- Nat Stein
- Matthew Leighway doesn't want to be out here — he panhandles to survive.
Matthew Leighway is perched on a thin median of North Murray Boulevard, holding a sign that cheekily solicits donations.
"I'm not bothering anyone," the 56-year-old says, "just trying to get by, not dealing drugs or anything."
Leighway has just found out (from this reporter) that soon it may be illegal for him to panhandle here. He says he started seeking spare change last spring after losing his janitorial gig and apartment. He hasn't found a new job — let alone one that puts his college degree to use — so he camps, flying his sign in different spots on different days.
Over a span of about 15 minutes, three or four drivers roll down their windows to hand Leighway small bills. They're stopped at a red light during the transaction, of course, but when the light turns green, the cars get moving — fast. The speed limit here is 35 miles per hour, but to assume everyone abides by that may be optimistic. Each passing car imparts a swift rush of wind, making this narrow median feel like the tiniest refuge in the eye of a storm.
Asked whether he feels safe standing here, Leighway is taken aback. "Safe?" he asks. "No, it's rough out here."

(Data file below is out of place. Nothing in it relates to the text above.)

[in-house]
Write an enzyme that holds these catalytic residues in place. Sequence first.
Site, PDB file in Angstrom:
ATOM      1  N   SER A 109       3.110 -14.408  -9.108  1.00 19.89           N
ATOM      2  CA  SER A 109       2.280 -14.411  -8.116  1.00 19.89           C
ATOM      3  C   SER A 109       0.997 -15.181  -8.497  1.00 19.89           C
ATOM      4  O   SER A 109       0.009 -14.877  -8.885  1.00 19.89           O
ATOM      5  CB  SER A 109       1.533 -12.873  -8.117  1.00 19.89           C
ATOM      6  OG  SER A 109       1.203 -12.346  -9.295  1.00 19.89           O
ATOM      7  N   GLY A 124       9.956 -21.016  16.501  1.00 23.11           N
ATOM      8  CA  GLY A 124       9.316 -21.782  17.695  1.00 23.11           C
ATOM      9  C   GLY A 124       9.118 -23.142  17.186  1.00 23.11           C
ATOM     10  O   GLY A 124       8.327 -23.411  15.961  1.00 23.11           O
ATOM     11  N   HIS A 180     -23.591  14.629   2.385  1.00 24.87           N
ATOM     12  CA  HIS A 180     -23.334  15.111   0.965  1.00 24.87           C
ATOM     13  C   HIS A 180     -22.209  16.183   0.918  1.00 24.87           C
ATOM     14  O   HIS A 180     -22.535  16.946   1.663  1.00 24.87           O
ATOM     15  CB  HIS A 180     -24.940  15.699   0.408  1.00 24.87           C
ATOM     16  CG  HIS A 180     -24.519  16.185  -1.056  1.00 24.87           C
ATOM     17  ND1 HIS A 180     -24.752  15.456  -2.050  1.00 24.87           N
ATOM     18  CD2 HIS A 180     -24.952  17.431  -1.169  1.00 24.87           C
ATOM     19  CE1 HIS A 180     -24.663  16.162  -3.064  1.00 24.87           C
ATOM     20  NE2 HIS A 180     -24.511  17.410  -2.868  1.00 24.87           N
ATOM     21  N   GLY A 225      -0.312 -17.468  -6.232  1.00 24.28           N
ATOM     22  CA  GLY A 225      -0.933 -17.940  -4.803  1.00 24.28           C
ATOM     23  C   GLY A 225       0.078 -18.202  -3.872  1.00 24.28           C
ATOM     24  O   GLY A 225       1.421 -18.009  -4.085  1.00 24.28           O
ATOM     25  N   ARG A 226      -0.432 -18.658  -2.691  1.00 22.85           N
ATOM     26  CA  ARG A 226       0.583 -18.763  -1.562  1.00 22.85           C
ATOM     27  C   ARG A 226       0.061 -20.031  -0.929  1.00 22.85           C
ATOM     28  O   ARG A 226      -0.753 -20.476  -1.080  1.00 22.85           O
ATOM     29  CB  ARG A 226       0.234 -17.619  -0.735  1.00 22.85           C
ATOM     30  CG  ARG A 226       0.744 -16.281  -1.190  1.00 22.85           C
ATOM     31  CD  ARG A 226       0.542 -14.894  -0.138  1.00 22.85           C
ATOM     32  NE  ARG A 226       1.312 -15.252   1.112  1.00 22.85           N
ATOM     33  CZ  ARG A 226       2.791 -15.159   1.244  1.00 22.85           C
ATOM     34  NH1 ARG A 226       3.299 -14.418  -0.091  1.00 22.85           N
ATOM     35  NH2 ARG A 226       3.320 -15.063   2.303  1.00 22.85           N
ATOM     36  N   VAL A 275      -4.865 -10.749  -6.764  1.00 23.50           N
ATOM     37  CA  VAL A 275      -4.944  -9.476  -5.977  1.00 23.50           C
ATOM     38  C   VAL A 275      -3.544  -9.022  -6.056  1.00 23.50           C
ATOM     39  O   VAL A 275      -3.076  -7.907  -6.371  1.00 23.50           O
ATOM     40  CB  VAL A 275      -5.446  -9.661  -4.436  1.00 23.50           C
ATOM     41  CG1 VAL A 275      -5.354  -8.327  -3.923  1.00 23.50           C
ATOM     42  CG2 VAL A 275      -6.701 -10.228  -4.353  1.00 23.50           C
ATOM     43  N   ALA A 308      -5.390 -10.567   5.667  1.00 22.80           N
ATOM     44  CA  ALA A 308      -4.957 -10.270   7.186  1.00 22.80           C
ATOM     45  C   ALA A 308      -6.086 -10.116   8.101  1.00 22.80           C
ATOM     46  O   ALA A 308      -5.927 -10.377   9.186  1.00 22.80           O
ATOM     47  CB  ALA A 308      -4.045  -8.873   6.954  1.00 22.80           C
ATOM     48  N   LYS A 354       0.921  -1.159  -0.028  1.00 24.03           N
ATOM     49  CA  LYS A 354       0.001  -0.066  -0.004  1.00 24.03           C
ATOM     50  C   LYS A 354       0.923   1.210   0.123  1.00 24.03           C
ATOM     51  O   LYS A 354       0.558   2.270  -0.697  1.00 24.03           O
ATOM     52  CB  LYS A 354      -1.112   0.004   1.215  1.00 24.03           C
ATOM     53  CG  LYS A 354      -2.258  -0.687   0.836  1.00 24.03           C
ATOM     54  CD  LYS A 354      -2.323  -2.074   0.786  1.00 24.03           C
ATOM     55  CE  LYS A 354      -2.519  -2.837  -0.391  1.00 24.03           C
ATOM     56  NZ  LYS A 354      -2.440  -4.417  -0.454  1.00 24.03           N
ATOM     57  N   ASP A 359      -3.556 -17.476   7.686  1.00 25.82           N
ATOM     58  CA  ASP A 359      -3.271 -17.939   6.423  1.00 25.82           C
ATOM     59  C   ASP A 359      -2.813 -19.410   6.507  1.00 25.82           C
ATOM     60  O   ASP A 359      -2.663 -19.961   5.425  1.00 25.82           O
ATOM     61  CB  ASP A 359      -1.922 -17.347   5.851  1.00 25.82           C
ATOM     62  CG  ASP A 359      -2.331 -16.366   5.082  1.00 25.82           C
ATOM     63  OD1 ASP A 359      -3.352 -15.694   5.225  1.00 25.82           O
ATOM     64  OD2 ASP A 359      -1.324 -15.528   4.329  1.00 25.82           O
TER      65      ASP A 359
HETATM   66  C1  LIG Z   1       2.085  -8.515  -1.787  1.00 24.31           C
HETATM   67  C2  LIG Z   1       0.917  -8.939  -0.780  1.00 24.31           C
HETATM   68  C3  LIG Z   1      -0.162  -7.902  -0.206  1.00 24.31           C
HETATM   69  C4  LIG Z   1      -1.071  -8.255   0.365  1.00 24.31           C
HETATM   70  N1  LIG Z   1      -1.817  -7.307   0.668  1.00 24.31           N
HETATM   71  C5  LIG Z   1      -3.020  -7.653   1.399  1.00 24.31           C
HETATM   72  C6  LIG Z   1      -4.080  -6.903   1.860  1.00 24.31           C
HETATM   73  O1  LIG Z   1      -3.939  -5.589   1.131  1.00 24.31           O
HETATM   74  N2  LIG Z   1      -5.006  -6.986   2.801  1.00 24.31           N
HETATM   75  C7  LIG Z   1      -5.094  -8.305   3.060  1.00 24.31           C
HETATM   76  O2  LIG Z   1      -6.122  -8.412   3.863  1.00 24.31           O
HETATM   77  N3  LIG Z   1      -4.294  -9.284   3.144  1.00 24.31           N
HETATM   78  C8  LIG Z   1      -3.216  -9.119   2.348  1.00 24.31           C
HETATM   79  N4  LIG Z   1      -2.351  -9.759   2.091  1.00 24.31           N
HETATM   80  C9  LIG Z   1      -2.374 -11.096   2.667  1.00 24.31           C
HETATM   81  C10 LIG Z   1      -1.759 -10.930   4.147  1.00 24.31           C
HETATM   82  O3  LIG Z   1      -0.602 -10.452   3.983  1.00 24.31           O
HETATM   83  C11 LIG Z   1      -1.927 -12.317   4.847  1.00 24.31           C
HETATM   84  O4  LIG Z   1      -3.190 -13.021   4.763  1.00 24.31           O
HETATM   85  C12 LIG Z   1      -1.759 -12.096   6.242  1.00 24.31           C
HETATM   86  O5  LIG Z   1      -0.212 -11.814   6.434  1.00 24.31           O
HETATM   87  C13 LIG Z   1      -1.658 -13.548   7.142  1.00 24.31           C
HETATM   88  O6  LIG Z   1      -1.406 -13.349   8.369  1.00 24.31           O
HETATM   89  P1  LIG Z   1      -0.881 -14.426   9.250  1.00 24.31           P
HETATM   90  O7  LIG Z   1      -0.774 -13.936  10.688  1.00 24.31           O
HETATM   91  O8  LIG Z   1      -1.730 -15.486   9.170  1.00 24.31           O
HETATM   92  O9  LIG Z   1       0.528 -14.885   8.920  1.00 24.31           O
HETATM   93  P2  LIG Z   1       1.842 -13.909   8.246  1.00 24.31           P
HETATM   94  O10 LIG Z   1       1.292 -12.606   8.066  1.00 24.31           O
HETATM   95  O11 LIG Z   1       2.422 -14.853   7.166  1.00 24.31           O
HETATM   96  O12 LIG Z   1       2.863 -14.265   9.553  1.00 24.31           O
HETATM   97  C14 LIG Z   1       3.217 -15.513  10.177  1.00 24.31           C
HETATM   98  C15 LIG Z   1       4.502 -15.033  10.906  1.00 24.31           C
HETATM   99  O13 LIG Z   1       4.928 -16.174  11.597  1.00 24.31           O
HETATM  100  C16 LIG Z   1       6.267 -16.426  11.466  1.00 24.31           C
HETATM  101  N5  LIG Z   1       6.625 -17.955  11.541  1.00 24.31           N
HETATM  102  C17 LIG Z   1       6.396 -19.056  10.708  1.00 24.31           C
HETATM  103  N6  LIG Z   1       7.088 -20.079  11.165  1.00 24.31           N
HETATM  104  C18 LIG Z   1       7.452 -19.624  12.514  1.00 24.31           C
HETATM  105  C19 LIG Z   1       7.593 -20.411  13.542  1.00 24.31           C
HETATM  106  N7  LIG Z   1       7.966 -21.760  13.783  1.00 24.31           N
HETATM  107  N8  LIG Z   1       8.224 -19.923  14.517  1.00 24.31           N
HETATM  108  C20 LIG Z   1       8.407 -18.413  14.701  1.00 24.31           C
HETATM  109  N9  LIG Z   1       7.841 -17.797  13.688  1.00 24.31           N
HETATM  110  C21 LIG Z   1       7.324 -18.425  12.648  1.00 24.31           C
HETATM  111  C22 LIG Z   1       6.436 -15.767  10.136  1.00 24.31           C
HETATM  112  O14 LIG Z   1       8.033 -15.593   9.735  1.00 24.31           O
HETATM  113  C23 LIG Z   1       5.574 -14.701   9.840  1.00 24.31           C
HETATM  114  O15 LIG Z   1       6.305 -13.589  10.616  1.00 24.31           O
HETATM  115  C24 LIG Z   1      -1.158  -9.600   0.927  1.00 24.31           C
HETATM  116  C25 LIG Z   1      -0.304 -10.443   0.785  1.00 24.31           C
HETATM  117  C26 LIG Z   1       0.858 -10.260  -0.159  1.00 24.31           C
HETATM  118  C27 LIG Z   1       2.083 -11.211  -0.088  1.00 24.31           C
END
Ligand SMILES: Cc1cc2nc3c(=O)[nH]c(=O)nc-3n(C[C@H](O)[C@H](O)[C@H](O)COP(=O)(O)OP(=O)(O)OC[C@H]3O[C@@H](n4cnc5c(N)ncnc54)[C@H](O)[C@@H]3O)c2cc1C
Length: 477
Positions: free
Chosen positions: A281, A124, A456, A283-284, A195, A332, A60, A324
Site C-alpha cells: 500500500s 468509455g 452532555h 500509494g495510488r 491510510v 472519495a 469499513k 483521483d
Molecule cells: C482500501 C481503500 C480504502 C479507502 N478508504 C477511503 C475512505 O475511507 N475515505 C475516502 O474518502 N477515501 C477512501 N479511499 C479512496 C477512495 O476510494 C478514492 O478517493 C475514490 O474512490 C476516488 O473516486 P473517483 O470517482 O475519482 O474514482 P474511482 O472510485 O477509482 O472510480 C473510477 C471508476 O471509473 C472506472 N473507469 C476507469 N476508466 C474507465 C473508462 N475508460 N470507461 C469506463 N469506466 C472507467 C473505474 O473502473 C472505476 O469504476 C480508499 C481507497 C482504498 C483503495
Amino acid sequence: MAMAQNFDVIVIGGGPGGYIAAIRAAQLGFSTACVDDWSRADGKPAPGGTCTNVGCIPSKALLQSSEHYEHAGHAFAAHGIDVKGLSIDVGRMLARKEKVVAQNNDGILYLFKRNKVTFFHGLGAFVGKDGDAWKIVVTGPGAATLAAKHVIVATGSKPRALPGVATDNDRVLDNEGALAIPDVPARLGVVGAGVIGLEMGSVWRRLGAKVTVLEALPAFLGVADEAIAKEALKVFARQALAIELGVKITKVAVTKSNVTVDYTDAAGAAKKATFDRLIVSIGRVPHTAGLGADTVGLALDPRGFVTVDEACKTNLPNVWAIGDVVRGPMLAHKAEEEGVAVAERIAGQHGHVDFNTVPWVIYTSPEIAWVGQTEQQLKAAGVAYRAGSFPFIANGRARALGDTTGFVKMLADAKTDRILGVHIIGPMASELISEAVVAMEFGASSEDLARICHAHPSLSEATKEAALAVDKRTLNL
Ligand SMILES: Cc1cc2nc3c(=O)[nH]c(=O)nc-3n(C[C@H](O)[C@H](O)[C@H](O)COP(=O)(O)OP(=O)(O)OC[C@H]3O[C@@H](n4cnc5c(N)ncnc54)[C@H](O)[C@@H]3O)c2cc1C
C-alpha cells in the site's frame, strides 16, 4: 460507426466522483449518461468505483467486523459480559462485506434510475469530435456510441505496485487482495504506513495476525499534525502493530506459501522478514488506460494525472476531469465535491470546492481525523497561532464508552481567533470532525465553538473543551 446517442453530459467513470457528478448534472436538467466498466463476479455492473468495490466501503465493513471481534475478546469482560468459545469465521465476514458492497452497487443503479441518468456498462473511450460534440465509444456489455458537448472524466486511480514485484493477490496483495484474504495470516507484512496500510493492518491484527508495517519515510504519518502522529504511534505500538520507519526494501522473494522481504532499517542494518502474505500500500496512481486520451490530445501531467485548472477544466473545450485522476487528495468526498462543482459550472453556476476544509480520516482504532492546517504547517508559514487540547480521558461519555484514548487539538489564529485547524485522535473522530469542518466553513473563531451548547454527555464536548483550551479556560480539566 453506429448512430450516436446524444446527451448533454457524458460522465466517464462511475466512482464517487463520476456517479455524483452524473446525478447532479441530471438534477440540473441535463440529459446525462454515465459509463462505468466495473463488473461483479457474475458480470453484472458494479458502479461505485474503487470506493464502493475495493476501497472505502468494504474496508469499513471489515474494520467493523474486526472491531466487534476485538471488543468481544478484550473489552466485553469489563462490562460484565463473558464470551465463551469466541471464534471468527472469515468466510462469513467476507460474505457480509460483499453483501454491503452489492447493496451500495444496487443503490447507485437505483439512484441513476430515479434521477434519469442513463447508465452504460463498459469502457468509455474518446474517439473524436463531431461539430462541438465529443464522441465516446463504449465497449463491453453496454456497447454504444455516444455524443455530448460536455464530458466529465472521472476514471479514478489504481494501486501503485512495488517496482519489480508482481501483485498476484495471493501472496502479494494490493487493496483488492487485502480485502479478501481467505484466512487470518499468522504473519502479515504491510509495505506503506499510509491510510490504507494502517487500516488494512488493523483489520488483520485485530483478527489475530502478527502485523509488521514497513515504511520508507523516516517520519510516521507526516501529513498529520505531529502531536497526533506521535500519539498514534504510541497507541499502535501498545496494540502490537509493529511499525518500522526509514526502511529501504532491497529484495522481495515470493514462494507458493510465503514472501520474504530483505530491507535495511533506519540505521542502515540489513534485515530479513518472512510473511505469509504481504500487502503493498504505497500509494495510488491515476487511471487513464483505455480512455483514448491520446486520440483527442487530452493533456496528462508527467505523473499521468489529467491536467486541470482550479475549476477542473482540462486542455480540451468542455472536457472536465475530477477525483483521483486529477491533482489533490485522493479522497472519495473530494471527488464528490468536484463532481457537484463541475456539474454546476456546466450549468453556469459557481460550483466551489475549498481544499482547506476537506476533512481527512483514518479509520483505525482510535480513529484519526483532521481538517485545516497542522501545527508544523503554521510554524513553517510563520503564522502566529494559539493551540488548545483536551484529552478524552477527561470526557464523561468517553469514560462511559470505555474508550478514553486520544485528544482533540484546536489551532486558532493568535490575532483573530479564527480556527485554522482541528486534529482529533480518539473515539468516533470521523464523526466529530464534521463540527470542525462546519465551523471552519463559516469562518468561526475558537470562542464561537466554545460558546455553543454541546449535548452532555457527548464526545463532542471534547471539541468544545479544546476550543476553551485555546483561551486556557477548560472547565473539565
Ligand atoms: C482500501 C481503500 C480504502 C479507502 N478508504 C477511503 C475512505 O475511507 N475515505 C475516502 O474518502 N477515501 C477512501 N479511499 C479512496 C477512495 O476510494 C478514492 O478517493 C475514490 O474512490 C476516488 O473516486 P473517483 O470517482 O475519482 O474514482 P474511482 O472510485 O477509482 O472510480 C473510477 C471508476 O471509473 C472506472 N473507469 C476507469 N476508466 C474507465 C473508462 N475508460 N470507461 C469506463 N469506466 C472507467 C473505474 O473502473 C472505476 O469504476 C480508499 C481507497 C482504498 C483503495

Then he adds with a grim chuckle, "It's not the medians, though."
Mayor John Suthers and his many allies on City Council, however, are markedly more concerned about Leighway standing on this median — supposedly because it's unsafe for both pedestrians and drivers.
Should those city leaders get their way, it would be illegal to "access, use, occupy, congregate, or assemble" on medians that are "not designed or suitable" for pedestrians — namely those that are domed, less than four feet wide and on high-volume roadways with speed limits over 30 mph. The traffic engineering department would post warning signs near such medians, then cops could ticket anyone standing on them. Violating the ordinance wouldn't be a jailable offense, though it would carry a fine up to $500.
Council first discussed this proposed ordinance at a Jan. 9 work session. There, Senior City Attorney Anne Turner told Councilors that, as far as she knows, this law would be the first of its kind in the country.
"Courts generally regard medians as part of the traditional public forum that's open to protected speech activities," she said, reminding Councilors that a year ago, they repealed a median ordinance seen as too similar to ones courts had deemed too broad.